Telemetry tools: The fast life cycle (tracking time is reduced to ~1 year), highly capacity of hiding in dens and caves [9,15] (blocking acoustic signals) and the soft tissue of this invertebrate (difficult to place and hold a tag in its soft body) are presented as main handicaps to address tagging studies with this species. On the other hand, O. vulgaris is an opportunistic species, capable of quickly adapting to different environments [11, 16,17], and therefore, being present where other species might not be. Few mark-and recapture studies using classical techniques (i.e., T-bar, Petersen discs) and passive integrated transponders (PIT-tags) have  been successfully applied on this species [14,18-22]. The family of small-size acoustic tags are presented as a good tools to address the spatial ecology of this species, and the ITAG (invertebrate tag) open a new possibility window to address fine-scale behavioural movements of soft-bodied marine invertebrates[23,24].

Benefits: Understand the spatial ecology of one of the most important cephalopods in European and North-African waters providing essential information (life-history and population dynamics parameters, daily activity and large-scale movements, etc.) to achieve a sustainable management of this high valuable resource. Additionally, given the fast response to environmental conditions, common octopus is presented as a key species to address big ecological questions subjected to high pressures by human activities and closely related with climatic chance.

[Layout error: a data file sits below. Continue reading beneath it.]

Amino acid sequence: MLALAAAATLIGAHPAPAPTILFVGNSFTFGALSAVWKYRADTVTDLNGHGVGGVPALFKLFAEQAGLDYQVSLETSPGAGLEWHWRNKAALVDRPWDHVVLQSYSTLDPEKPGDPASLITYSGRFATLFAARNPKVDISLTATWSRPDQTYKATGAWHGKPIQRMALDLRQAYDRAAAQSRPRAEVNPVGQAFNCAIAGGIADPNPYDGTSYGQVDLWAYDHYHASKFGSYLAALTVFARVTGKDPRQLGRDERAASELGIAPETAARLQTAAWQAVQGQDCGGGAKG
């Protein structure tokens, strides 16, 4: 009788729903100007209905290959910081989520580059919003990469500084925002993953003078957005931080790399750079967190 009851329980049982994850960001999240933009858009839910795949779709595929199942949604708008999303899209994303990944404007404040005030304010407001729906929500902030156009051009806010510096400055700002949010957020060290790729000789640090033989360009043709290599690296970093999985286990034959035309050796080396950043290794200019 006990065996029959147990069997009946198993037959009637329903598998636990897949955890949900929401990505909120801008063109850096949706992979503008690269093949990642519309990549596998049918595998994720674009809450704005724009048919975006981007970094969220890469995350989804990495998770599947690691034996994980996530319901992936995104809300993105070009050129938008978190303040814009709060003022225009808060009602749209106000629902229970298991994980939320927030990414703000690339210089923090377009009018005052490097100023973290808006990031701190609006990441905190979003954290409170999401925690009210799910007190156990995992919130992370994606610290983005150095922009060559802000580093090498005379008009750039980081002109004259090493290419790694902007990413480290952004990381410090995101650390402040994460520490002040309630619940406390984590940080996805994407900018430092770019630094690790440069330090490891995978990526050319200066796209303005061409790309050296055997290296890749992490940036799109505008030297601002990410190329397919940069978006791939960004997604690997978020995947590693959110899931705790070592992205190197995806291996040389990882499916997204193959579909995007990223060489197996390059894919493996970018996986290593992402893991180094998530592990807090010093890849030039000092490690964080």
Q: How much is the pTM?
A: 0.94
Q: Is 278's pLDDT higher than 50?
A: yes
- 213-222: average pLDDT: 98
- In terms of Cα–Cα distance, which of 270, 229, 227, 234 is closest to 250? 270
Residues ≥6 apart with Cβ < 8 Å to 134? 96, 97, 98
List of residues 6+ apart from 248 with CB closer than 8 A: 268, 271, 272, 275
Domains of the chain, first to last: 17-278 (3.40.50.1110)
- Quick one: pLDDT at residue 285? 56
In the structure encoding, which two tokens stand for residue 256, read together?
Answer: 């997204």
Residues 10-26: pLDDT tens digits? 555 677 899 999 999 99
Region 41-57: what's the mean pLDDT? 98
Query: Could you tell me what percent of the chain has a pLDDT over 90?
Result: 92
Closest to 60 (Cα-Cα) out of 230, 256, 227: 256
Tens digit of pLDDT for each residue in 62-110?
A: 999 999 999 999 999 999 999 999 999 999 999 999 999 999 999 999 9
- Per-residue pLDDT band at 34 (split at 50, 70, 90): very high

Previous projects on Common octopus: OctoPITs - Mark-and-recapture project focused on determining the home-range and population dynamics of this species is coastal shallow waters under the influence of high human activity in Balearic islands, Spain. Individuals of the species O. vulgaris were tagged using PIT-tags (AVID®; model MUSICC). Some research groups in Spain and Portugal are working to develop different techniques for attaching acoustic transmitters (in order to improve the retention time) without affecting the natural behaviour of the individual.

Contacts: Pablo Arechavala-Lopez (pabloarechavala@hotmail.com)

[1] Jereb, P., Allcock, A.L., Lefkaditou, E., Piatkowski, U., Hastie, L.C., Pierce, G.J. 2015. Cephalopod biology and fisheries in Europe: II. Species Accounts. ICES Cooperative Research Report No. 325, (360 pp.).

[2] De Luca, D., Catanese, G., Procaccini, G., Fiorito, G., 2016. Octopus vulgaris (Cuvier, 1797) in the Mediterranean Sea: genetic diversity and population structure. PLoS One 11 (2), e0149496.